Taiwanese lawmakers tried to choke each other and threw water bombs during a chaotic session at the island’s parliament Thursday as the government of President Tsai Ing-wen pressed ahead with controversial reforms.
Female legislators from opposing camps had their hands on each other’s throats as a dozen colleagues pushed and shouted trying to separate them in the main chamber during a review of the budget for a major infrastructure project.
The opposition Kuomintang party is against the plan, saying it favours cities and counties faithful to Tsai’s ruling Democratic Progressive Party (DPP) and has been devised to secure support for the party ahead of next year’s regional elections.
The project includes light rail lines, flood control measures and green energy facilities.
Critics have also questioned whether the whopping Tw$420 billion (£10.7 billion) cost of the project is really worthwhile.
The morning review hearing was suspended following the brawl as Kuomintang lawmakers occupied the podium.
Lunch failed to calm tensions and the clashes continued into the afternoon when opposition lawmakers honked air horns and tried to throw balloons filled with water at premier Lin Chuan.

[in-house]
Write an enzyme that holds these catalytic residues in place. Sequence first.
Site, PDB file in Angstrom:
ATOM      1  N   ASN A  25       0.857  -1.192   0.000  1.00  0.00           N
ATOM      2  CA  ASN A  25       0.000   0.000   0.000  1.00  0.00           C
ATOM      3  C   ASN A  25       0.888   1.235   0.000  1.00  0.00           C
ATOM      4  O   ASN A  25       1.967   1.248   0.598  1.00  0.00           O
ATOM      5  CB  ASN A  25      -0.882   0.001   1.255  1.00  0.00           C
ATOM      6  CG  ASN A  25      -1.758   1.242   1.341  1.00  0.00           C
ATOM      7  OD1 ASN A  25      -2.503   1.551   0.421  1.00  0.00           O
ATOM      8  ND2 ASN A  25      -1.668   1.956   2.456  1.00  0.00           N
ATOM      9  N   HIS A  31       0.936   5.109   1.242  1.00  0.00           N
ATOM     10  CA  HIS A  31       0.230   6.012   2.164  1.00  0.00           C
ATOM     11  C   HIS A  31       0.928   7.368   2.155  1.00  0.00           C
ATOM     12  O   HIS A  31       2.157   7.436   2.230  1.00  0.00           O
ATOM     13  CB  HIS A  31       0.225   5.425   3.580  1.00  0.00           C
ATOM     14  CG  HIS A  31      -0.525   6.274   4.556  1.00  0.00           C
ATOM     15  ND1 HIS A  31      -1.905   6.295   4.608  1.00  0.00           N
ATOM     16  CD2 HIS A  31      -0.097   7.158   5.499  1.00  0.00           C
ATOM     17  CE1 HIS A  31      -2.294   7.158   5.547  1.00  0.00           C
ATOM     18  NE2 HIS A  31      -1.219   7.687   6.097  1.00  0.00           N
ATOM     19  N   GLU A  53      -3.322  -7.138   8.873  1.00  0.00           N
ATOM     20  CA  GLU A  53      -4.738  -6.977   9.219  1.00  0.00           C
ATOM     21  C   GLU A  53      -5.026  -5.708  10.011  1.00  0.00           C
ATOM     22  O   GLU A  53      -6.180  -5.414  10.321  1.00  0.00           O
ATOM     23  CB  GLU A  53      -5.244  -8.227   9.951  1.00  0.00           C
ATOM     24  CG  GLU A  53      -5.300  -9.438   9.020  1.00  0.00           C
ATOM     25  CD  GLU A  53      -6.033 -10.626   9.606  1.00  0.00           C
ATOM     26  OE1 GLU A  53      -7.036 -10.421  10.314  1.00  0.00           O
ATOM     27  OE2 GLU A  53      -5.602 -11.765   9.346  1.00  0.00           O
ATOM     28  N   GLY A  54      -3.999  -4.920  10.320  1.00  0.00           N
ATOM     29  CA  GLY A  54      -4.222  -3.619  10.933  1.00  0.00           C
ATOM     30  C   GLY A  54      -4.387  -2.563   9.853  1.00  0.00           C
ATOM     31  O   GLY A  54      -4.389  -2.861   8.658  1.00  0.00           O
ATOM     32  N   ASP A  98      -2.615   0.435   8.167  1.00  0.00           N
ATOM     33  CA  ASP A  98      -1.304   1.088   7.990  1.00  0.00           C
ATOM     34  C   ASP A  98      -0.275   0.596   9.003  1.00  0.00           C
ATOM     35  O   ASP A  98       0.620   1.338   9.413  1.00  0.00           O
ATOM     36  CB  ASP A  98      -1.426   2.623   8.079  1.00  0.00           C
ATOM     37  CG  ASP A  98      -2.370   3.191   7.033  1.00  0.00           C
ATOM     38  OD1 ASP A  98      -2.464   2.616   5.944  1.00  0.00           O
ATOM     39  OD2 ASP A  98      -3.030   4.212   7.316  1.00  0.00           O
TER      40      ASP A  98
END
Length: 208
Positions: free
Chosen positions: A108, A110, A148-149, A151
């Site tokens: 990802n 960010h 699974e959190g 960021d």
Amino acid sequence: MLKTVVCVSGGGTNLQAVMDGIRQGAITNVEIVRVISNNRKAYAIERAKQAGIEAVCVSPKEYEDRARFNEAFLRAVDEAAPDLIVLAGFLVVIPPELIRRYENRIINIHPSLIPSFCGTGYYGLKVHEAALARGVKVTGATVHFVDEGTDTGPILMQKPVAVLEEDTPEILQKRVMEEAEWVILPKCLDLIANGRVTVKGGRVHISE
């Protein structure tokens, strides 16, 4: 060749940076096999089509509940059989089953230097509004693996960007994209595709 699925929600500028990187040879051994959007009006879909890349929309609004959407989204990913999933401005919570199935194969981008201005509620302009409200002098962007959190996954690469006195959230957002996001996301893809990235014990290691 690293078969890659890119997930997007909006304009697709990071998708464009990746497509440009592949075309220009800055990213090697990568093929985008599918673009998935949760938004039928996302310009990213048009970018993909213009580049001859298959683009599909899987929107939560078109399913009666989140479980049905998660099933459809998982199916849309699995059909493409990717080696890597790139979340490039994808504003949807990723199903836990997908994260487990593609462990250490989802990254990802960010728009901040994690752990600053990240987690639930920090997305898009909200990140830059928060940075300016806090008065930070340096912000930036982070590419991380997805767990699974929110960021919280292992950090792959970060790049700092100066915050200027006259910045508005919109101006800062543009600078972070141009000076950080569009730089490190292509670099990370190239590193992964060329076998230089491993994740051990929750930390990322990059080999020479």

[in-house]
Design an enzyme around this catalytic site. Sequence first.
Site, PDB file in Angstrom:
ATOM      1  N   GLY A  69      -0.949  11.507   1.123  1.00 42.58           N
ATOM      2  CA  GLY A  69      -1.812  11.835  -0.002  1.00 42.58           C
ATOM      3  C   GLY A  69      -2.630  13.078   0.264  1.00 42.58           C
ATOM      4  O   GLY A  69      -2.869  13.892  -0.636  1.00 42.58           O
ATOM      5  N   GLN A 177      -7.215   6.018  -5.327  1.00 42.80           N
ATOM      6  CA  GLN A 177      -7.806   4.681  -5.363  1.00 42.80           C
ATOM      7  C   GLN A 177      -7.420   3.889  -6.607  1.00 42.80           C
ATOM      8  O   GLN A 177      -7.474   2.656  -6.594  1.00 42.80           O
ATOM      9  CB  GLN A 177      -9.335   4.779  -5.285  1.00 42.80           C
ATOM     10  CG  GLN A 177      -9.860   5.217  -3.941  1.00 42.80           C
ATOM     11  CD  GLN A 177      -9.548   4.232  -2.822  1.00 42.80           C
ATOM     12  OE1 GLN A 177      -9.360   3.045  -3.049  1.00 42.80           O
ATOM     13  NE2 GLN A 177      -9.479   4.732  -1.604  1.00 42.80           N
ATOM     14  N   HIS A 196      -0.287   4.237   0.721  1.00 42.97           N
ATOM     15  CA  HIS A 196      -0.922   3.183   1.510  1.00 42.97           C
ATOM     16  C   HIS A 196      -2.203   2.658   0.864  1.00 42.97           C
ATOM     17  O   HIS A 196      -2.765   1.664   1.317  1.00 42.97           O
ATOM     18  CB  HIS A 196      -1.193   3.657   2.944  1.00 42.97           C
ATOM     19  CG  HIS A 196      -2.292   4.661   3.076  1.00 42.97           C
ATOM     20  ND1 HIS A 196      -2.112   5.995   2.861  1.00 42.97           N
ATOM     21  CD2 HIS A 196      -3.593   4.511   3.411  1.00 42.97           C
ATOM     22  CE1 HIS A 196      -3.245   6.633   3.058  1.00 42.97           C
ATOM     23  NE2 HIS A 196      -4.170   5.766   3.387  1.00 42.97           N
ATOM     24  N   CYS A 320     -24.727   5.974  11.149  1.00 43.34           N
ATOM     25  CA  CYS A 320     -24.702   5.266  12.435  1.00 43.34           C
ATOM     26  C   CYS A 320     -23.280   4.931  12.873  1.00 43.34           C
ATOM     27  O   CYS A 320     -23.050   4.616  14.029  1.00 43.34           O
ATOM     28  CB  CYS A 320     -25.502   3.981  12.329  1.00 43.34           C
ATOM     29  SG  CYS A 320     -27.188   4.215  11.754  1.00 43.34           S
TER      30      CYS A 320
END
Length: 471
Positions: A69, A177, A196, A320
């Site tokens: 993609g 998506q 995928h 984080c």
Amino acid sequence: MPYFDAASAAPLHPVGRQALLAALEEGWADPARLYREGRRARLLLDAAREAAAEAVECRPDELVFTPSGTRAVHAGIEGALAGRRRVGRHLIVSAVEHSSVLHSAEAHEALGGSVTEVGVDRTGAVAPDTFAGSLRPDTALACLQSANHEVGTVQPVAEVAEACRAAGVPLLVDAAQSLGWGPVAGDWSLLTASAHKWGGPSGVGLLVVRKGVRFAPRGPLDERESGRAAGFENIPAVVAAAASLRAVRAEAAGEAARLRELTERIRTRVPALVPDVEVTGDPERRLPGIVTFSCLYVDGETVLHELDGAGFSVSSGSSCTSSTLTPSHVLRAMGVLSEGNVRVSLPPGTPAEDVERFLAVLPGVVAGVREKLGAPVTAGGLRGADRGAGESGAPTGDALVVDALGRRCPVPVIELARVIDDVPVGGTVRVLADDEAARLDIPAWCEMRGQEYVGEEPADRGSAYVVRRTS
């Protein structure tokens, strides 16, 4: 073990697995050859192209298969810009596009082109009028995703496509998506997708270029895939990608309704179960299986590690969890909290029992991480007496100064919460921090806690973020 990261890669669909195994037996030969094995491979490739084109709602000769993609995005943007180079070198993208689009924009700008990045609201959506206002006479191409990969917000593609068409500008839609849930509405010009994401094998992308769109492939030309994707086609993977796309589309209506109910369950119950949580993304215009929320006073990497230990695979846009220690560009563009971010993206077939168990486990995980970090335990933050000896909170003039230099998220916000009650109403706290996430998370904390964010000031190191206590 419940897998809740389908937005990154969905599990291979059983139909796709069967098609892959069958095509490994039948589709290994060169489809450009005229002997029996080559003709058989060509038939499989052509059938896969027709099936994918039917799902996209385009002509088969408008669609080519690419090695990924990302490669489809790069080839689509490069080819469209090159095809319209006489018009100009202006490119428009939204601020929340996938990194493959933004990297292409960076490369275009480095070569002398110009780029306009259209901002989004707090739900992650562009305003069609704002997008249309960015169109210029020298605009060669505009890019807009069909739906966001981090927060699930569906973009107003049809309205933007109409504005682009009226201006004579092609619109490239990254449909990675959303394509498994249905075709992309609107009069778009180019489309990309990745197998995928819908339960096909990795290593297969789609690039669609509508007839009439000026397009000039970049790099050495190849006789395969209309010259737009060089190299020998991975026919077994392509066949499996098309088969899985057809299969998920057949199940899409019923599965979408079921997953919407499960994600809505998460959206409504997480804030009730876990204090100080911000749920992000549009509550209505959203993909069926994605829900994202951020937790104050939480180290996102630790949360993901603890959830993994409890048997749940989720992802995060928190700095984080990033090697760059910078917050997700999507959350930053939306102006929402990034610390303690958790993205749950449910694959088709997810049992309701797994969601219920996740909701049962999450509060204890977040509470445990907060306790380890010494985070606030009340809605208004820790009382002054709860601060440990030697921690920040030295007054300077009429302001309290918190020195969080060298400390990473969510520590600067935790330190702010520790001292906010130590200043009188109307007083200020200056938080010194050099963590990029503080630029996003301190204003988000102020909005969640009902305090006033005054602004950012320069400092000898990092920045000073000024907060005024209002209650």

One of the balloons flew near Lin and burst mid-air. He was forced to leave the chamber without delivering a report on the budget and the session was again abandoned.
“We call for rational discussions …to resolve differences,” it said in a statement.
Tsai has seen her popularity plummet to under 40 percent from nearly 70 percent when she took office in May last year as her government attempts to tackle a range of controversial issues from gay marriage to pension and judicial reforms.
Violent protests erupted outside the parliament in April when opponents of pension reforms attacked politicians and scuffled with police, prompting Tsai to call for calm and restraint.
Parliament was also plunged into chaos late last year when opposing lawmakers brawled in the chamber, as labour activists set off smoke bombs outside in protest at proposed holiday cuts.